In 2009, Atomic Games tried to go a step further with Six Days in Fallujah, a shooter that aimed to capture the ferocious 2004 battle in Iraq. For three months prior to that engagement, Marines dropped pamphlets around the city encouraging civilians to evacuate. Many stayed behind and the stress of separating combatants from innocent bystanders was of significant importance. In many cases, guerrilla fighters disguised themselves as civilians to ambush Marines, scenarios that the team at Atomic Games hoped to re-create.
Six Days in Fallujah, however, was dropped by its publisher, Konami, because of criticism from the families of service members who died in the battle. It’s a reminder that the most honest and challenging works in any medium are tough sells. Haze might be more affecting than Modern Warfare 2, but it’s no surprise that the latter game is the one that’s a blockbuster.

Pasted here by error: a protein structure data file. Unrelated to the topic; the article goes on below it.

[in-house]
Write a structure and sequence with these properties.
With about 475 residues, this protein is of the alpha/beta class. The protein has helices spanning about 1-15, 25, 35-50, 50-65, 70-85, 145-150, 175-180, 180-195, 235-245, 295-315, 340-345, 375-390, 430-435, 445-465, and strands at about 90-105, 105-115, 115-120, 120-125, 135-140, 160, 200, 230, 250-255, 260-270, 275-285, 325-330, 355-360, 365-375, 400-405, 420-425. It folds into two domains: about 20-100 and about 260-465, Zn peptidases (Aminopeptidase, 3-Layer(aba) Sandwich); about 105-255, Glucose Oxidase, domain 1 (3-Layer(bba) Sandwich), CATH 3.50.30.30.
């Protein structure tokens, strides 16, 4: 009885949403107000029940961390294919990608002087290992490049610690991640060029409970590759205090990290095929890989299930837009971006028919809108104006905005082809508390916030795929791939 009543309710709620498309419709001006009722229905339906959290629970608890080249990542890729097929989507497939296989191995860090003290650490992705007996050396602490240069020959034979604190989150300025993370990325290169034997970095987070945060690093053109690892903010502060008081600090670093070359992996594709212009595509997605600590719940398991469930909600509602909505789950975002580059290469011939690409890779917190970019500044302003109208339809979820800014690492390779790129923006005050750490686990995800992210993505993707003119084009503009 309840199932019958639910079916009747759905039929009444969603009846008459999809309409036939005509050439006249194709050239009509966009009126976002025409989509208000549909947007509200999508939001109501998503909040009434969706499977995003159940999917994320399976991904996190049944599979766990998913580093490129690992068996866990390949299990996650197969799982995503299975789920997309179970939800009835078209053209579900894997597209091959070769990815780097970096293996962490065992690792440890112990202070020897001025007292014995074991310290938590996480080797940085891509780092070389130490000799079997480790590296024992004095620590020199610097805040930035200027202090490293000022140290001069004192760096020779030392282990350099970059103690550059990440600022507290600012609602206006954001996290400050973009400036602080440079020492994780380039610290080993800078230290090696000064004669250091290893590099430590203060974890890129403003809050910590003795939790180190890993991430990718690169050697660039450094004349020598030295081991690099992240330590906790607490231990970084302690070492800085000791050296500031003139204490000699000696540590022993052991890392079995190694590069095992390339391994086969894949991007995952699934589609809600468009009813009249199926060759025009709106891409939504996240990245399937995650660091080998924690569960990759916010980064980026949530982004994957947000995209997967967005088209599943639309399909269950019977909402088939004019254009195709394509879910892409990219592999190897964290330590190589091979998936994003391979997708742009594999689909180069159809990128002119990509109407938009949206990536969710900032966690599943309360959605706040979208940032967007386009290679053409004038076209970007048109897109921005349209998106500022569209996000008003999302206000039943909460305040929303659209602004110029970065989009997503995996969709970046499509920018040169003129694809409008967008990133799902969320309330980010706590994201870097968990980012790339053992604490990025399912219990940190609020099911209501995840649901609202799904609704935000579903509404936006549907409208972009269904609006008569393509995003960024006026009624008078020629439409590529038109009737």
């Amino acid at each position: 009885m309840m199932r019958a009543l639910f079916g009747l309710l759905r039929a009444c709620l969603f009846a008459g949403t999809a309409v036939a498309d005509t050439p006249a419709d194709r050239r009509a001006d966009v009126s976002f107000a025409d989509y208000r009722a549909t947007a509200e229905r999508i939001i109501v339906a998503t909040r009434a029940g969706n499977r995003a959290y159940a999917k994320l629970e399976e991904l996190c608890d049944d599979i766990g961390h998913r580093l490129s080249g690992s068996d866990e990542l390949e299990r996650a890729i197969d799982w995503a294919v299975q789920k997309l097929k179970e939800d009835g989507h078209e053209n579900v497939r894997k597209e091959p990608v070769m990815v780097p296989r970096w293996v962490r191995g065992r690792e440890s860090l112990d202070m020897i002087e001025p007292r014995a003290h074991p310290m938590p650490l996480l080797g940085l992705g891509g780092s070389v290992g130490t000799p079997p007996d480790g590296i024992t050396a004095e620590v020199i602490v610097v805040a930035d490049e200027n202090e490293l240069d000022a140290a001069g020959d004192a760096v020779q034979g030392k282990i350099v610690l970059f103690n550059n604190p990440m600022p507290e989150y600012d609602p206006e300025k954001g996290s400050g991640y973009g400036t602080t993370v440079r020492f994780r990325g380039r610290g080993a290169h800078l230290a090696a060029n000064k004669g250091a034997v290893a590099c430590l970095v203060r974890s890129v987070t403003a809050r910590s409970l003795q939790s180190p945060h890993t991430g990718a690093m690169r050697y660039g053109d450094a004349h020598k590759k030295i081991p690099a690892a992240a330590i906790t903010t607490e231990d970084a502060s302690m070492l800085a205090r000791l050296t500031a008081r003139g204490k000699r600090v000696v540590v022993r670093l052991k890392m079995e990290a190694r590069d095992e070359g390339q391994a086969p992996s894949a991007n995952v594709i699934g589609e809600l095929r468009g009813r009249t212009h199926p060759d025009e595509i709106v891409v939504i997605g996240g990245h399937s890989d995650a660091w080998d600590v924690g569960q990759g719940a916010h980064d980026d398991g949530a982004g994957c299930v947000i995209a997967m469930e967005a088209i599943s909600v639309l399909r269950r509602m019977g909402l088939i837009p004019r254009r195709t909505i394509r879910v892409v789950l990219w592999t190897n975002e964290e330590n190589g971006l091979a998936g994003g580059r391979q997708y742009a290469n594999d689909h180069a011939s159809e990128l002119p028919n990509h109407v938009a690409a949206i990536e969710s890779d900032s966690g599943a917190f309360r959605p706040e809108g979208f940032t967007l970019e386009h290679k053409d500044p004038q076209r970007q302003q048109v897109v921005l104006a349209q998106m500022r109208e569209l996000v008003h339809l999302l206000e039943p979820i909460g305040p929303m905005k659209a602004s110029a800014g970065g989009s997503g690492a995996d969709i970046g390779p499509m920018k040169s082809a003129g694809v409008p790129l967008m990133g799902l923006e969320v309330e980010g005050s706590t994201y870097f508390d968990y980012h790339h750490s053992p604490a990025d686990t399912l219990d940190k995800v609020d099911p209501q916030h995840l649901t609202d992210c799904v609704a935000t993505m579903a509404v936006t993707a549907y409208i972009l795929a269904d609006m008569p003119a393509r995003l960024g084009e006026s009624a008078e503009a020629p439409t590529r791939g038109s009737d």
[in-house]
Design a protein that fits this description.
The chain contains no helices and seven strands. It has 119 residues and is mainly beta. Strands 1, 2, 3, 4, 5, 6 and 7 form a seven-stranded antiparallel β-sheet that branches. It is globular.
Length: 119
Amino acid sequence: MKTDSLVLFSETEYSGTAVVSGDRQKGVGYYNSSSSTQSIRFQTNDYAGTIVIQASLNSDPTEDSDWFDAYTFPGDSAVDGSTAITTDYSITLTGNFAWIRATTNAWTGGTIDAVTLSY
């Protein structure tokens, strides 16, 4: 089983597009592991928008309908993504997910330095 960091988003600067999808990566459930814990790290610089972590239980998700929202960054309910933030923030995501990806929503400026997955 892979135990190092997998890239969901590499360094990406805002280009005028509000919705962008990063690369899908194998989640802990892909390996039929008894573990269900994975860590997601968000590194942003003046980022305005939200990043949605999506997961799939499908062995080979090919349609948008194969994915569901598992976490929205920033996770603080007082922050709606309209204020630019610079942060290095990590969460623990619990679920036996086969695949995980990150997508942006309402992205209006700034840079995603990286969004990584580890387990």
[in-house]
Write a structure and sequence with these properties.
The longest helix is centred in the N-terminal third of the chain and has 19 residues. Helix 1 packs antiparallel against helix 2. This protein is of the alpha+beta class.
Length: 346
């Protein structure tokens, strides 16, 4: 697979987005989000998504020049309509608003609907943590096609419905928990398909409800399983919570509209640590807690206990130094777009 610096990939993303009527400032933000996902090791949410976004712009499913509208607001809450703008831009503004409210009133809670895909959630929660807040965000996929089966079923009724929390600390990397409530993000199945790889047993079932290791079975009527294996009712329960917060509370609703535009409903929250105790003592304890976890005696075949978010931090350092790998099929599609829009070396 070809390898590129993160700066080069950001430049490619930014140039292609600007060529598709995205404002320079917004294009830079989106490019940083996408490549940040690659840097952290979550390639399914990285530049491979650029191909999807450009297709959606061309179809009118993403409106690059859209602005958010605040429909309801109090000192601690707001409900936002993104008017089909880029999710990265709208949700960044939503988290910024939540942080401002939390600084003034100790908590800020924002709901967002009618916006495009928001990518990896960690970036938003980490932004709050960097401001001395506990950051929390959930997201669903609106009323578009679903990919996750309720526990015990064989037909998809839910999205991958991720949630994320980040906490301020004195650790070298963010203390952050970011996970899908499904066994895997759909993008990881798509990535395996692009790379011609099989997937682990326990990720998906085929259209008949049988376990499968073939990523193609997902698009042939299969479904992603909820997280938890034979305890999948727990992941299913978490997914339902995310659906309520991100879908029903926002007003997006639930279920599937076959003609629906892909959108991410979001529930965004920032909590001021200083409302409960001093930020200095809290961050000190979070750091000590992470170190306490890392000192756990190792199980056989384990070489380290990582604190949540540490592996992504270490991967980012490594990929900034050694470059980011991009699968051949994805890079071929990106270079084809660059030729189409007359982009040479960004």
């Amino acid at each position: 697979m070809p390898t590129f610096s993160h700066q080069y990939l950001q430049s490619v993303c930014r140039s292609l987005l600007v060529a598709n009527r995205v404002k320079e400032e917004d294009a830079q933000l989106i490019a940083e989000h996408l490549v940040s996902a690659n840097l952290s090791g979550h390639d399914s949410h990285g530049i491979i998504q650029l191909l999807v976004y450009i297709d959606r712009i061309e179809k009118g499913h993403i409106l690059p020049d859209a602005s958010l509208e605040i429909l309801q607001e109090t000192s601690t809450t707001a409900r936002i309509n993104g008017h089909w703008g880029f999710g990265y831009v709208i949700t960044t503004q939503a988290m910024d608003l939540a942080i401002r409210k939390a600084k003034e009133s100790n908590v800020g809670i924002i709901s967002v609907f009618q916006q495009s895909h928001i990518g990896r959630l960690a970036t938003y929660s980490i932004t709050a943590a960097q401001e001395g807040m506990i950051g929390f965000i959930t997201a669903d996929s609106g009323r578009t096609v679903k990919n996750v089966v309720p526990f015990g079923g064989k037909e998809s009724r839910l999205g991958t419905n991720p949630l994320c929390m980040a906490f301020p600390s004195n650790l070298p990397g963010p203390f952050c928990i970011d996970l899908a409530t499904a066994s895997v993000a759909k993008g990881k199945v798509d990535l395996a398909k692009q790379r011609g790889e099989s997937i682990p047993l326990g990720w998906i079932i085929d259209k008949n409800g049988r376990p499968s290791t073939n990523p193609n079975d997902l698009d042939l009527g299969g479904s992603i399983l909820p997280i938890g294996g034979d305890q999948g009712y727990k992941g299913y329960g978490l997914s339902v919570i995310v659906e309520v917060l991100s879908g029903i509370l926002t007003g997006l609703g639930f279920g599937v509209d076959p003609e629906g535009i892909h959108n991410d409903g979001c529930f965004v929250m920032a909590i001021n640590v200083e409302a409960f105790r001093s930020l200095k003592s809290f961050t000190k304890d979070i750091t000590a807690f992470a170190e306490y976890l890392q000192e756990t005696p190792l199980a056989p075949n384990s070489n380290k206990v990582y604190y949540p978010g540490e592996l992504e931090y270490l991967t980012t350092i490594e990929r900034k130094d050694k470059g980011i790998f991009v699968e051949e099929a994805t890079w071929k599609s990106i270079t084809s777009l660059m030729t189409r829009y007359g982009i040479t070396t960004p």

The pre-release criticism of Six Days in Fallujah was understandable. Game developers have a history of trivializing real-life battlefields, treating them as playgrounds rather than places where people suffer real losses. Konami, though, never gave Fallujah’s developers a chance to prove that a game could do something more.
While there’s a danger of overemphasizing how great Six Days in Fallujah was going to be, it’s still a pity that the game has yet to be released while the big studios keep churning out less ambitious material. As more and more war-glorifying games get released, designers find themselves in the pathetic position of defending war propaganda that no state or government ever asked them to make. Meanwhile, they claim it’s the players who aren’t capable of handling difficult situations. I don’t think so.